With the South African economy having shrunk in the past quarter by 2.2% and given the decline in the tax-paying base, the implications of introducing the National Health Insurance (NHI) would have “disastrous consequences”, the Free Market Foundation (FMF) has warned.
Reacting to the gazetting by Health Minister Aaron Motsoaledi of the NHI, FMF director Temba Nolutshungu yesterday launched a scathing attack on the bold plan by Motsoaledi.
“We can assume that the money to pay for the NHI will come from the taxpayers and other taxpaying entities,” said Nolutshungu. “The implications are that the small tax base will bear the brunt of subsidising the NHI.
“I cannot understand how the minister of health, with such a disastrous and tragic history in the public healthcare sector, can come up and conceptualise such a disastrous healthcare policy and be obstinate in getting it implemented.
“This is the same minister of health on whose watch we have seen the Esidimeni tragedy.
“We have also recently been touched by a case which should have outraged all South Africans, of a man who had gone to collect the remains of a relative who had died under tragic circumstances in a mental asylum.
“He is reported to have been given a bag that had a few traces of the corpse that was intermingled with rat droppings.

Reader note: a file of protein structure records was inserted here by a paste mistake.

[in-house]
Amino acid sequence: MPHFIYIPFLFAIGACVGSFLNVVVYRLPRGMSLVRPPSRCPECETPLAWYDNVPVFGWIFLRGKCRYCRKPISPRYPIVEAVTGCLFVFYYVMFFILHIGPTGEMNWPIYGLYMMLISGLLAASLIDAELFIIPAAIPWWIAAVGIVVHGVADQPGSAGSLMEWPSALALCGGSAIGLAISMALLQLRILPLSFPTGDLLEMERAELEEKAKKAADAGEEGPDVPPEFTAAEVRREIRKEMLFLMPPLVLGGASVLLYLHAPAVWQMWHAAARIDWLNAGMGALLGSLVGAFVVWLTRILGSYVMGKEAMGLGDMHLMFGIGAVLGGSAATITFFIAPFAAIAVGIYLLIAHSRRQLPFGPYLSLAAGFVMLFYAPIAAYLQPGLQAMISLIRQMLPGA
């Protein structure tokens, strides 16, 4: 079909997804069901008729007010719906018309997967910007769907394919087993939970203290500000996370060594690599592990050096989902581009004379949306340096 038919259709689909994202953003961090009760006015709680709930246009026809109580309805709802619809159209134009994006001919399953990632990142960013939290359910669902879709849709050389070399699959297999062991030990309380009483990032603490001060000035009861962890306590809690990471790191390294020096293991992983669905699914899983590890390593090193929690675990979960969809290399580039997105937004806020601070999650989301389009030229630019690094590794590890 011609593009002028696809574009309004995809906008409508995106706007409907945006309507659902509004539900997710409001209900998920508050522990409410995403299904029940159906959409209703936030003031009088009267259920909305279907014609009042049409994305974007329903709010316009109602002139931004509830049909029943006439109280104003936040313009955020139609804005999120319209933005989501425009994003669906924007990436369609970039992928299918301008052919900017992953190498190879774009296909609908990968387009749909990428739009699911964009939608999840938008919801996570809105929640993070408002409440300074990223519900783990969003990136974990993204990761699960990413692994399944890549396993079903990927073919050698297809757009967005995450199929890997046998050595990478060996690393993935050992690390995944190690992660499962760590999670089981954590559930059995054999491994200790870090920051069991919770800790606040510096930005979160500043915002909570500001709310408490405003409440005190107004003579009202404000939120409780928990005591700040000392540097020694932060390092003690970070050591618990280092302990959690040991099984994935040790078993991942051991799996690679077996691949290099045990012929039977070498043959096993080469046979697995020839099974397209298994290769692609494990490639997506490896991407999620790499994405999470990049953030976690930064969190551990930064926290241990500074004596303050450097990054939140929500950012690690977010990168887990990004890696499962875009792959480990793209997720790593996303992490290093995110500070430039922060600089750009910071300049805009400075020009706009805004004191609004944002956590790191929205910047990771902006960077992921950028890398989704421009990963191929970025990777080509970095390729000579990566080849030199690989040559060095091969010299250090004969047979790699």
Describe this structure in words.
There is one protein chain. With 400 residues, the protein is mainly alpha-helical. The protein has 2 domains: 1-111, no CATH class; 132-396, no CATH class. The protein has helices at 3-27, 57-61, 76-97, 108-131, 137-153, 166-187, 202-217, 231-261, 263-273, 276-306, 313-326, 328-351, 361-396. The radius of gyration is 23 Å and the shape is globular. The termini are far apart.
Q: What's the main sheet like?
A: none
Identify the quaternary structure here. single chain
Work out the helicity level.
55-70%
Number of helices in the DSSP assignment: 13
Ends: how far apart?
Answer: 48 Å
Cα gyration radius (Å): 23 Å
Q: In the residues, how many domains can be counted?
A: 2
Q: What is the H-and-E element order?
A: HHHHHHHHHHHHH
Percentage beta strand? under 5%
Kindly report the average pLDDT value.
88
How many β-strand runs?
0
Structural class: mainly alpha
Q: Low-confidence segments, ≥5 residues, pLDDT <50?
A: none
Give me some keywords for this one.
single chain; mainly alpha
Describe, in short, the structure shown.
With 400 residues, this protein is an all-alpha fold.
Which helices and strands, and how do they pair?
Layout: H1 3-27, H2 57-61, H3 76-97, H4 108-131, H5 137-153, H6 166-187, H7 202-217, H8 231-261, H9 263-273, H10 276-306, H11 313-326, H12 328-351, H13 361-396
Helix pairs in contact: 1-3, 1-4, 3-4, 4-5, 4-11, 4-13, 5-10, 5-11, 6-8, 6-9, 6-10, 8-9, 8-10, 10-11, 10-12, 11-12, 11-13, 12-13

“It is beyond belief that this same minister on whose watch this and other tragedies are happening in the public healthcare sector is still holding his position and has the audacity to go ahead with a potentially disastrous NHI.”
The ideal proposal that should be considered, said Nolutshungu, was that private healthcare providers in the private sector “should be left alone and government should purchase healthcare for people who cannot afford it”.
Referring to the Obamacare, a health insurance system introduced in the United States by former US president Barack Obama, Nolutshungu said the scheme “had its own challenges that have now come to the fore”.
“Developed and prosperous economies like the US can absorb consequences of disastrous policies for a while. But they do come home to roost,” said Nolutshungu.
South Africa was an emerging economy “that has to grow very substantially to address many challenges such as the unacceptable employment levels, upwards of 45%”.
He said it was “crucial for policy makers to accept this and other negative economic indicators as points of departure for policies they intend implementing”.
Asked how government could succeed in redressing decades of imbalances of the past created by apartheid, Nolutshungu said it was important for government to “grow the economic pie and enact policies that are going to be conducive to the proliferation of businesses, especially the small business sector responsible for the greater share of job creation”.
He explained: “This means a policy environment that is going to make it easy for people to go into business. Government does not create wealth but consumes where it employs. Even with the public works programme, it is done at the cost of taxpayers.”
Nolutshungu reminded government of the failures in socialist countries where healthcare was nationalised.
“Evidence is there for all to see. It has proven to be disastrous,” he said.